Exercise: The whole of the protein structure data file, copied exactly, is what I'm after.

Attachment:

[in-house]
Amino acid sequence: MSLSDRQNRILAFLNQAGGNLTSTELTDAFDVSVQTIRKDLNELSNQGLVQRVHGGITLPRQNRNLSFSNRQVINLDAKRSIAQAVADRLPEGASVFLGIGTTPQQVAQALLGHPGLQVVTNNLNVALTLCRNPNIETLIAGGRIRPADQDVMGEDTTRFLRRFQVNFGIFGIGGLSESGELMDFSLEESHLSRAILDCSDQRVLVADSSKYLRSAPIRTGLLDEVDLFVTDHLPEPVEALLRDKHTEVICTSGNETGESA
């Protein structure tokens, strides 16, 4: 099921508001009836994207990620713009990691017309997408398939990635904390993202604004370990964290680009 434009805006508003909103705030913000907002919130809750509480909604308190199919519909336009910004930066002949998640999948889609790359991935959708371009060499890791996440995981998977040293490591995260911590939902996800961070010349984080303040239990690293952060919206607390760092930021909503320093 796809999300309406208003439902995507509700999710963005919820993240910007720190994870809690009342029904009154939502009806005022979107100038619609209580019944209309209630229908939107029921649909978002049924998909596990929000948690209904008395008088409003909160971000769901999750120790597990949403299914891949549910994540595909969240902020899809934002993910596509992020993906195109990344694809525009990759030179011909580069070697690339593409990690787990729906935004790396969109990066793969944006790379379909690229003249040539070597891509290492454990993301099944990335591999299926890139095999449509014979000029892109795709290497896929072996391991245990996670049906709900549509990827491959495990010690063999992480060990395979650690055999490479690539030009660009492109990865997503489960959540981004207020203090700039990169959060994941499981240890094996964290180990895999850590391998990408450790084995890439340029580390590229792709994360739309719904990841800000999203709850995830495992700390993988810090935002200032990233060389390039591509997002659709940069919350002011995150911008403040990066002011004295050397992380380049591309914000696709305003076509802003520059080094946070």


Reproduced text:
[in-house]
Amino acid sequence: MSLSDRQNRILAFLNQAGGNLTSTELTDAFDVSVQTIRKDLNELSNQGLVQRVHGGITLPRQNRNLSFSNRQVINLDAKRSIAQAVADRLPEGASVFLGIGTTPQQVAQALLGHPGLQVVTNNLNVALTLCRNPNIETLIAGGRIRPADQDVMGEDTTRFLRRFQVNFGIFGIGGLSESGELMDFSLEESHLSRAILDCSDQRVLVADSSKYLRSAPIRTGLLDEVDLFVTDHLPEPVEALLRDKHTEVICTSGNETGESA
């Protein structure tokens, strides 16, 4: 099921508001009836994207990620713009990691017309997408398939990635904390993202604004370990964290680009 434009805006508003909103705030913000907002919130809750509480909604308190199919519909336009910004930066002949998640999948889609790359991935959708371009060499890791996440995981998977040293490591995260911590939902996800961070010349984080303040239990690293952060919206607390760092930021909503320093 796809999300309406208003439902995507509700999710963005919820993240910007720190994870809690009342029904009154939502009806005022979107100038619609209580019944209309209630229908939107029921649909978002049924998909596990929000948690209904008395008088409003909160971000769901999750120790597990949403299914891949549910994540595909969240902020899809934002993910596509992020993906195109990344694809525009990759030179011909580069070697690339593409990690787990729906935004790396969109990066793969944006790379379909690229003249040539070597891509290492454990993301099944990335591999299926890139095999449509014979000029892109795709290497896929072996391991245990996670049906709900549509990827491959495990010690063999992480060990395979650690055999490479690539030009660009492109990865997503489960959540981004207020203090700039990169959060994941499981240890094996964290180990895999850590391998990408450790084995890439340029580390590229792709994360739309719904990841800000999203709850995830495992700390993988810090935002200032990233060389390039591509997002659709940069919350002011995150911008403040990066002011004295050397992380380049591309914000696709305003076509802003520059080094946070």